Corberi, father and Lonato circuit get licences suspended - The Race
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Corberi, father and Lonato circuit get licences suspended

Oct 8 2020
By Valentin Khorounzhiy and Scott Mitchell

Italy’s national automotive club ACI has suspended the licences of karter Luca Corberi, his father Marco Corberi and the family-run Lonato circuit after the now notorious incident in the 2020 karting world championship.

The younger Corberi achieved infamy this past weekend when, following an incident with rival Paolo Ippolito that sent him into the barriers, he climbed out of his kart, picked up its front bumper and threw it at Ippolito while he was racing by.

Corberi then appeared to ignore marshals’ instructions on what was a live track, and was pictured attacking Ippolito post-race, with his father joining the confrontation.

The ACI investigation into the incident is ongoing, but after the prosecution recommended the preliminary suspension of the three relevant licences, an ACI judge duly enacted this measure on Thursday, provisionally until December 5.

The elder Corberi is the CEO of the Lonato circuit, which is a regular feature of the international karting calendar.

Luca Corberi took to social media in the aftermath of the incident, saying there were no excuses for his actions and vowing not to race ever again and to accept whatever punishment is handed down.

Corberi, 23, was a highly-promising young karter in the previous decade, having gone head-to-head versus a number of current Formula 1 drivers on the international scene in the KF3 class.

George Russell karting 2012

He was fifth in the 2012 European championship won by George Russell (pictured above), and himself won the 2012 World Cup ahead of the likes of Russell, Racing Point driver Lance Stroll, IndyCar’s Alex Palou and current F1 juniors Callum Ilott (Ferrari), Jehan Daruvala (Red Bull) and Dan Ticktum (Williams).

Asked about Corberi’s actions in the lead-up to F1’s Eifel Grand Prix at the Nurburgring, Russell said: “Absolutely unacceptable. I think first and foremost he put himself in a huge amount of danger.

“Standing at that point of a track and ultimately you put somebody else in a huge amount of danger as well with the actions he took when he was on track, and obviously following up what happened in the in the pits was unacceptable in any walk of life, ultimately.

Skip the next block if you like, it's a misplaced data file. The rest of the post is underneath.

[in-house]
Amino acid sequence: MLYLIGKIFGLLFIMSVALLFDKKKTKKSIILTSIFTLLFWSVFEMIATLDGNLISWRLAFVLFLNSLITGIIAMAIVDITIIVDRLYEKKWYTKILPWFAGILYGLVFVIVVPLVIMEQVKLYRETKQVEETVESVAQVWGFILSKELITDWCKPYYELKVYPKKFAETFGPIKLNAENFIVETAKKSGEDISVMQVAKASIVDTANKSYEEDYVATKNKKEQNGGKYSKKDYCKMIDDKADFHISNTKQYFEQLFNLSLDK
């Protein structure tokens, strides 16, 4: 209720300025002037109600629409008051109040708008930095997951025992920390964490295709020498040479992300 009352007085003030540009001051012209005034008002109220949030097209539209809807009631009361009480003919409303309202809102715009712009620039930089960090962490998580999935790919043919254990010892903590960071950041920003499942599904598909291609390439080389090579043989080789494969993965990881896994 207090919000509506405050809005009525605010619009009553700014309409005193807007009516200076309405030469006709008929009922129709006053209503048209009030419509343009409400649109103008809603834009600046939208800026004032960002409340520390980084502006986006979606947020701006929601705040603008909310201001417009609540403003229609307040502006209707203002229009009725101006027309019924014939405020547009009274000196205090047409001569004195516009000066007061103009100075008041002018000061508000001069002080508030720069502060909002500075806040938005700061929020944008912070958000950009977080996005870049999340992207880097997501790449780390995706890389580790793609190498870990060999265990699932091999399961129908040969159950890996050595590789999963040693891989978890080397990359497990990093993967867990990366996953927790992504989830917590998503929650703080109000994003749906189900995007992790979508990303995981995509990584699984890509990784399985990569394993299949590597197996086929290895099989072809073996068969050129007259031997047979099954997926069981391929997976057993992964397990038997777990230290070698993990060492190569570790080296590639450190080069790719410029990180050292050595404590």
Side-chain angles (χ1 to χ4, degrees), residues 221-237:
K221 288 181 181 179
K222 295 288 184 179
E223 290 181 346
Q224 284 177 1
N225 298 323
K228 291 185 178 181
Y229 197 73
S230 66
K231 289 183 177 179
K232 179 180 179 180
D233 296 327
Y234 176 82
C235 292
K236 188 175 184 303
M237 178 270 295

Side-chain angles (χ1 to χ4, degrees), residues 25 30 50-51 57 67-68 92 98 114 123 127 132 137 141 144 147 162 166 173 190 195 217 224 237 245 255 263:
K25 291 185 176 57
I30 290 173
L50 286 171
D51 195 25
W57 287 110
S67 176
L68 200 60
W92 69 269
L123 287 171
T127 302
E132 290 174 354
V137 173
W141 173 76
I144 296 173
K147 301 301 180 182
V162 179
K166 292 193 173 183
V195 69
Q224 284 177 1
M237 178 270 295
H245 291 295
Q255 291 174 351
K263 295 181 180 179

“He was completely out of line. Behaviour like that can’t be tolerated in our sport” :: Lance Stroll

“Motorsport is incredibly passionate but there’s no excuse for anybody to react in that manner, so I trust the FIA are going to impose the correct penalties.

“I know that he’s already stated that he will be stopping karting and he apologised for his actions, so yeah definitely a ban should be coming his way if he wants to be continuing.”

Russell, who is familiar with the Lonato layout from both his initial karting career and a number of more recent outings, said the aftermath of the initial contact between Ippolito and Corberi – which does not appear to have been caught on camera – suggested it had been a very serious accident, but made it clear this was no excuse for Corberi’s actions.

George Russell

“I raced against Luca for a good three or four years in my karting career and I didn’t really know that side of him really. He was always pretty clean and was always a good driver, he was always at the front end of the grid, and I’ve never seen that side of him ever before.

“I don’t know what happened prior to the actions he took. I know that was an incredibly fast part of the track and for him to be that far into the tyre barrier, something pretty substantial must have happened, which also must have been very dangerous.

“But like I say, there’s no excuse to the actions he took afterwards.”

“I think he was completely out of line,” said Stroll. “Behaviour like that can’t be tolerated in our sport. It shows a bad example to the young generation.

“We fight so hard on track, there’s just no need for violence off the track. That’s how I see it and I believe the FIA are going to handle it as they should.

“Something like that needs to be heavily addressed and there needs to be a severe penalty for his actions.”

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